I am not going to keep beating a dead horse, it is a known fact by now that companies are increasingly adopting a work from home strategy ever since the pandemic struck us last year. And therefore, the tech required to do work is also moving at a fast pace. Obviously, portable audio equipment brands are seeing an uptick in sales because headphones and earphones are pretty sought after tech right now. Chancing upon that opportunity, Denmark-based EPOS Audio decided to step foot in India last year.
One of EPOS’ offerings is the Adapt 560, with a Sennheiser branding. Unfortunately, the joint venture has now ended. Regardless, Sennheiser is obviously a known entity in the audio space and that’s enough to pique your interest, and mine. But, is that enough? Let’s review.
Design and Fit
The headphones come inside a nice and compact carry case with a soft cloth exterior. The case and the headphones, in Black, look very professional but could be boring for some. But, I like Black headphones, so I am not really complaining. Anyway, the Adapt 560 follows your standard circumaural design but it is not a big headphone. It barely cups my ears. And considering I am not a big fan of headphones — since I have a big head and I sweat easily — I was fairly surprised at how comfortable these were.
Yes, my pinna started hurting after a couple of hours, but a few minutes with the headphones off my head solved that problem. I’d rate these highly on the comfort factor as the padding on the headband and the fake leather earcups felt super soft and comfy on my gargantuan head. On the outside of the earcups, you’ll find the mics for external noise cancellation. Plus, the most important addition is the boom extension arm mic. By default, when not in use, it is tucked away on the outside of the right earcup. When you want to use it just push it out and it will reach halfway to your mouth making it easy to have a conversation.
Moving on, the entire headphones are made of plastic and the headband offers a fair bit of flex too. Plus, the headband can also be expanded to fit your head. What I also like about the design is the earcups can fold flat and inwards, making it easy to stowaway the Adapt 560 inside its compact case.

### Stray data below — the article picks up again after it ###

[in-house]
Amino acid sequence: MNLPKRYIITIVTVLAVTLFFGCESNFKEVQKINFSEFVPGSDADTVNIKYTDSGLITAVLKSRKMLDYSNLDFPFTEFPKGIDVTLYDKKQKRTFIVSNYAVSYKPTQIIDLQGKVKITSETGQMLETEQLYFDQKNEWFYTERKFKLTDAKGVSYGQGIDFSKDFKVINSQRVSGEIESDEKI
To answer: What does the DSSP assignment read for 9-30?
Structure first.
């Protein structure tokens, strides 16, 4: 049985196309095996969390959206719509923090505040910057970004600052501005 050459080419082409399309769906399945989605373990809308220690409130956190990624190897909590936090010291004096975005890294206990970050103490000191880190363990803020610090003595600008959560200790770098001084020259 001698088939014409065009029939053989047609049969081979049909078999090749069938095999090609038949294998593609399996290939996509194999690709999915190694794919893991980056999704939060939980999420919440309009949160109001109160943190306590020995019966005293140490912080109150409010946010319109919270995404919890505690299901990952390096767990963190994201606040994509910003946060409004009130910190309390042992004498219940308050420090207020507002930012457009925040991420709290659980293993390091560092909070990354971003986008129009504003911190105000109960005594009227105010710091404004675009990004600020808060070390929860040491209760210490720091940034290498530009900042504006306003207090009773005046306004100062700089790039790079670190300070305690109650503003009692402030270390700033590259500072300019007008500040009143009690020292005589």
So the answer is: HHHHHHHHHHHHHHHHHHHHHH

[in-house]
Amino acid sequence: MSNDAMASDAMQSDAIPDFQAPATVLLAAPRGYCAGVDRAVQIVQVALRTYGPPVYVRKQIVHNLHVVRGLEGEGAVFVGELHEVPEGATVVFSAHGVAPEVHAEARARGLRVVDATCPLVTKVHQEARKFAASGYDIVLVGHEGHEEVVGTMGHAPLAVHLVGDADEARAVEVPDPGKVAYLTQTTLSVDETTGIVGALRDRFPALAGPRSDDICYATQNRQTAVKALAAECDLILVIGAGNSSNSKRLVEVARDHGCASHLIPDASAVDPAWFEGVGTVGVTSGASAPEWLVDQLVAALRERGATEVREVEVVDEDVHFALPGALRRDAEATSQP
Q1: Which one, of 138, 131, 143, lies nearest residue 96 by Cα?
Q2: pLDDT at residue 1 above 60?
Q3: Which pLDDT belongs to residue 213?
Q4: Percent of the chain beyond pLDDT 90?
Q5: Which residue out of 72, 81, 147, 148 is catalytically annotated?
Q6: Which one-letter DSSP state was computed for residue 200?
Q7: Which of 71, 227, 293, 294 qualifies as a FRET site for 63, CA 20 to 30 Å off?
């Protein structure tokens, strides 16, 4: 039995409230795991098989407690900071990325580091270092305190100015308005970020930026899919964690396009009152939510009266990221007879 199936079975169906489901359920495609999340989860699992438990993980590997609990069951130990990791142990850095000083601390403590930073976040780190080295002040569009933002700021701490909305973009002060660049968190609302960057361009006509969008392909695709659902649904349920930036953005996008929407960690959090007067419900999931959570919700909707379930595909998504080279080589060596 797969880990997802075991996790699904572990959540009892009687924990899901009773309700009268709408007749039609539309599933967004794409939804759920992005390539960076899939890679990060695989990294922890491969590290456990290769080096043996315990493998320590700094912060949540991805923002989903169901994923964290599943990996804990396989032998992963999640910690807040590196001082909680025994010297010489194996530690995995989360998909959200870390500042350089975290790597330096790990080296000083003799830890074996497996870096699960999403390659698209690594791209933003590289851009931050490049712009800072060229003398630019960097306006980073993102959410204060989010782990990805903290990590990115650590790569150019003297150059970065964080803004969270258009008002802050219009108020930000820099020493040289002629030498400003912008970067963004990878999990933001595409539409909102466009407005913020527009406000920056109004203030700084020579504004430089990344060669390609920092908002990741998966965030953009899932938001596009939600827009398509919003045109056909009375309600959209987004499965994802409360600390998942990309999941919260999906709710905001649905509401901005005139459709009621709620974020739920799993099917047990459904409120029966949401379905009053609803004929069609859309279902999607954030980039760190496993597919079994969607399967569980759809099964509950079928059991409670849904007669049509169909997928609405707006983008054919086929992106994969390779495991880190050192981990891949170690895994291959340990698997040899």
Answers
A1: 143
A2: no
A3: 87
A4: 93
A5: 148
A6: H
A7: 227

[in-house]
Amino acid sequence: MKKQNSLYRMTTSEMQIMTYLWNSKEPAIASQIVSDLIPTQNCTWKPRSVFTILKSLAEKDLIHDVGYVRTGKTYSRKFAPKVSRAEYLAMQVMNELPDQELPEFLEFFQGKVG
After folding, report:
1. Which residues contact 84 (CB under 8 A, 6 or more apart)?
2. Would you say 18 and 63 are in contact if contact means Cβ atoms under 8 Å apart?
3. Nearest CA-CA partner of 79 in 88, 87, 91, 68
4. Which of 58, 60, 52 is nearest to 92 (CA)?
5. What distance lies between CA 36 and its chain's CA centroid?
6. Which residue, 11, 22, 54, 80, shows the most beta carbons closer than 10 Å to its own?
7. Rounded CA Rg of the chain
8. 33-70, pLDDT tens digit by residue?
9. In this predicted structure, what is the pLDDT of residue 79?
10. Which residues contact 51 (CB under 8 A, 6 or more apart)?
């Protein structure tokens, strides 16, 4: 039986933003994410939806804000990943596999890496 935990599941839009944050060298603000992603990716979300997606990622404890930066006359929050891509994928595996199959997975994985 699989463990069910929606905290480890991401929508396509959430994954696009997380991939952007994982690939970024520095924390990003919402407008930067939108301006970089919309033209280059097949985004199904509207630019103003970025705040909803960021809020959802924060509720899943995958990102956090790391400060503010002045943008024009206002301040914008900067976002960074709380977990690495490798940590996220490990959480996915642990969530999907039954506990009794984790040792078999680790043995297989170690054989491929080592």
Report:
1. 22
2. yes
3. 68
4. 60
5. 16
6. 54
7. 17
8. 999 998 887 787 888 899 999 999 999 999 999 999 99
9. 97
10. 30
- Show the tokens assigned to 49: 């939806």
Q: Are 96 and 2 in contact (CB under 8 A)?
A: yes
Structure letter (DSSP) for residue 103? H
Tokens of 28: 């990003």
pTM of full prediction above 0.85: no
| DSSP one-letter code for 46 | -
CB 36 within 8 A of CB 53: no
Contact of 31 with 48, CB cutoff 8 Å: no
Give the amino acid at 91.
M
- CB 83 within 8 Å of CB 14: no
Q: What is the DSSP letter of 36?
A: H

All in all, the design is restrained and nondescript.
Controls and Battery Life
As for the controls, you don’t get any touch controls, which is now a standard feature in consumer headphones that cost as much as the Adapt 560. However, I am not really complaining because I generally don’t mind physical buttons. Although, the buttons on the Adapt 560 are definitely teeny. My pudgy finger had a hard time pressing it. Anyway, there are dedicated buttons for Voice Assistant activation, switching on/off the ANC, and switching off the headphones. Unfortunately, the headphones don’t have an auto switch off function, which caused me to drain my battery inadvertently a couple of times. There’s also this slider for volume control, and the button also doubles up as a click to play/pause music. Honestly, it felt a little too fiddly to use these controls. I never got used to it in the long time that I’ve had these headphones.
As for the battery life, EPOS claims 20 hours of continuous playback. I got around 18, which is almost there. There are other headphones in the same price range that offer better battery life honestly.
Sound and Mic Quality
The Adapt 560 has a very good microphone. That’s a given. People on the other end of a Zoom call were impressed by how I sounded. As for the sound signature, it is extremely warm but clean. The soundstaging is great and the instrument separation is fantastic too. But, the warm bass lacks any sort of bite. It is the kind of sound that is tuned for laid back listening for long sessions. Perfect for listening to podcasts, music in the background while you type out an email furiously on your keyboard. The ANC quality is serviceable too, which should drown out any sort of external noise when you are hard at work at home.
Should you buy the EPOS Adapt 560?
At Rs 29,990, the EPOS Adapt 560 is not a bad proposition per se. But, there are consumer-grade headphones that offer way better value, sound, and features. For example, the Sony WH-1000XM4 and the Bose 700NC. Regardless, these are not available in the consumer market – online or offline – easily. But, should IT Managers buy it for their enterprise? Oh, for sure. I mean it makes total sense to bundle these headphones along with employees’ laptops, especially now that employees are working from home. I suppose EPOS will also offer massive discounts if you are bulk buying.
What do you make of these headphones? Let me know in the comments below.